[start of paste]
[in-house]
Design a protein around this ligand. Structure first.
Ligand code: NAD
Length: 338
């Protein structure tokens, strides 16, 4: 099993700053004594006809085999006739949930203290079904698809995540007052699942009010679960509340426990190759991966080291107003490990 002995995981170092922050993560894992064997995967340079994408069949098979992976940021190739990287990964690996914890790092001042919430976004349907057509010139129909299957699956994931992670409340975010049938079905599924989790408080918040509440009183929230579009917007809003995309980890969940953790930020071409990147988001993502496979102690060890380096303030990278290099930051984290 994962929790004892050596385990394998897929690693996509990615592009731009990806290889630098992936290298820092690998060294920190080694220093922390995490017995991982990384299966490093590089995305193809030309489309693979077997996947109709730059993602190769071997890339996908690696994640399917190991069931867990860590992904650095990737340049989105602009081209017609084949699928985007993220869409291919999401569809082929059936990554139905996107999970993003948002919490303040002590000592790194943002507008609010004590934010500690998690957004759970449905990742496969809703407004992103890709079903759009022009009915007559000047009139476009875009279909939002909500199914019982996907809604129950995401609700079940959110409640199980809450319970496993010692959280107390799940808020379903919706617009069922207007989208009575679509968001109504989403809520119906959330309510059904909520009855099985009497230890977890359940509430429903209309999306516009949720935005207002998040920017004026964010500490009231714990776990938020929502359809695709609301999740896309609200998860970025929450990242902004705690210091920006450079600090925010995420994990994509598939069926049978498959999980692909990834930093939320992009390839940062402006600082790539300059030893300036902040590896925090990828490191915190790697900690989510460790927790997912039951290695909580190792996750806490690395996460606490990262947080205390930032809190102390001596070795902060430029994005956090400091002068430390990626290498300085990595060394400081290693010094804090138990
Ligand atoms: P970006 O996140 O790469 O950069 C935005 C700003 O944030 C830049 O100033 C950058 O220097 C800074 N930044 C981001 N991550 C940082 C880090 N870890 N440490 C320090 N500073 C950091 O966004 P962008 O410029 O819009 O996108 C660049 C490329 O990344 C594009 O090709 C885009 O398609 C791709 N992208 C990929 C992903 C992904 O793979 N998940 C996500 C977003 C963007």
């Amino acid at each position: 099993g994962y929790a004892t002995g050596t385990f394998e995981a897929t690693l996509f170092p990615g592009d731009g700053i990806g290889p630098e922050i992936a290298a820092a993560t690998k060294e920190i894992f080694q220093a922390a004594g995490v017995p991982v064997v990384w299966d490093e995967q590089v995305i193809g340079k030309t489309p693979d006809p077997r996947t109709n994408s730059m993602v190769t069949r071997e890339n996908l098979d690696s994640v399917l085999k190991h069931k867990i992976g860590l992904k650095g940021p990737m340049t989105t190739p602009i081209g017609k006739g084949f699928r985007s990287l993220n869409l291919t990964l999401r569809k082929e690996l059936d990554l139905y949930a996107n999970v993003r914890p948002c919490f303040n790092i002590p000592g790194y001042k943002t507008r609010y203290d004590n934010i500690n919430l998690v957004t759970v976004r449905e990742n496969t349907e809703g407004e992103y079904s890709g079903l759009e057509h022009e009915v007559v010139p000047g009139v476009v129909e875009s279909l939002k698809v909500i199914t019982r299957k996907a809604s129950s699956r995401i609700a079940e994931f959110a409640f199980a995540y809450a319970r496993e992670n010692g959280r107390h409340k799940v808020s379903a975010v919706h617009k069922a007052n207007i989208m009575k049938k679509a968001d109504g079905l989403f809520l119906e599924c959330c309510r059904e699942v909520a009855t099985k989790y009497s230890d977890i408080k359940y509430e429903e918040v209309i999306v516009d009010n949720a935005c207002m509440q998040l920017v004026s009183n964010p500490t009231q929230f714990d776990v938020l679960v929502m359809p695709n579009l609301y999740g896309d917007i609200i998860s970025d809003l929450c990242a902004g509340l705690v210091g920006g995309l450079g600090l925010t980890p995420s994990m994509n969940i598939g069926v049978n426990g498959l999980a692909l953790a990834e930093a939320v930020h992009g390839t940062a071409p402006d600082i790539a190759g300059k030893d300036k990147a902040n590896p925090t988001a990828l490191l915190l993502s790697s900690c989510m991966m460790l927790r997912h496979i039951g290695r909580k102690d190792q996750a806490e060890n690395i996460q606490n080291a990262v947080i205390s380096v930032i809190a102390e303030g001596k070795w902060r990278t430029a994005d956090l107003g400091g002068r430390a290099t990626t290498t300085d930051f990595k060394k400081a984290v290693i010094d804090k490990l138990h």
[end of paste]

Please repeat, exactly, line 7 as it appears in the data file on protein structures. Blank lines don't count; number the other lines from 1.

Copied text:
């Amino acid at each position: 099993g994962y929790a004892t002995g050596t385990f394998e995981a897929t690693l996509f170092p990615g592009d731009g700053i990806g290889p630098e922050i992936a290298a820092a993560t690998k060294e920190i894992f080694q220093a922390a004594g995490v017995p991982v064997v990384w299966d490093e995967q590089v995305i193809g340079k030309t489309p693979d006809p077997r996947t109709n994408s730059m993602v190769t069949r071997e890339n996908l098979d690696s994640v399917l085999k190991h069931k867990i992976g860590l992904k650095g940021p990737m340049t989105t190739p602009i081209g017609k006739g084949f699928r985007s990287l993220n869409l291919t990964l999401r569809k082929e690996l059936d990554l139905y949930a996107n999970v993003r914890p948002c919490f303040n790092i002590p000592g790194y001042k943002t507008r609010y203290d004590n934010i500690n919430l998690v957004t759970v976004r449905e990742n496969t349907e809703g407004e992103y079904s890709g079903l759009e057509h022009e009915v007559v010139p000047g009139v476009v129909e875009s279909l939002k698809v909500i199914t019982r299957k996907a809604s129950s699956r995401i609700a079940e994931f959110a409640f199980a995540y809450a319970r496993e992670n010692g959280r107390h409340k799940v808020s379903a975010v919706h617009k069922a007052n207007i989208m009575k049938k679509a968001d109504g079905l989403f809520l119906e599924c959330c309510r059904e699942v909520a009855t099985k989790y009497s230890d977890i408080k359940y509430e429903e918040v209309i999306v516009d009010n949720a935005c207002m509440q998040l920017v004026s009183n964010p500490t009231q929230f714990d776990v938020l679960v929502m359809p695709n579009l609301y999740g896309d917007i609200i998860s970025d809003l929450c990242a902004g509340l705690v210091g920006g995309l450079g600090l925010t980890p995420s994990m994509n969940i598939g069926v049978n426990g498959l999980a692909l953790a990834e930093a939320v930020h992009g390839t940062a071409p402006d600082i790539a190759g300059k030893d300036k990147a902040n590896p925090t988001a990828l490191l915190l993502s790697s900690c989510m991966m460790l927790r997912h496979i039951g290695r909580k102690d190792q996750a806490e060890n690395i996460q606490n080291a990262v947080i205390s380096v930032i809190a102390e303030g001596k070795w902060r990278t430029a994005d956090l107003g400091g002068r430390a290099t990626t290498t300085d930051f990595k060394k400081a984290v290693i010094d804090k490990l138990h």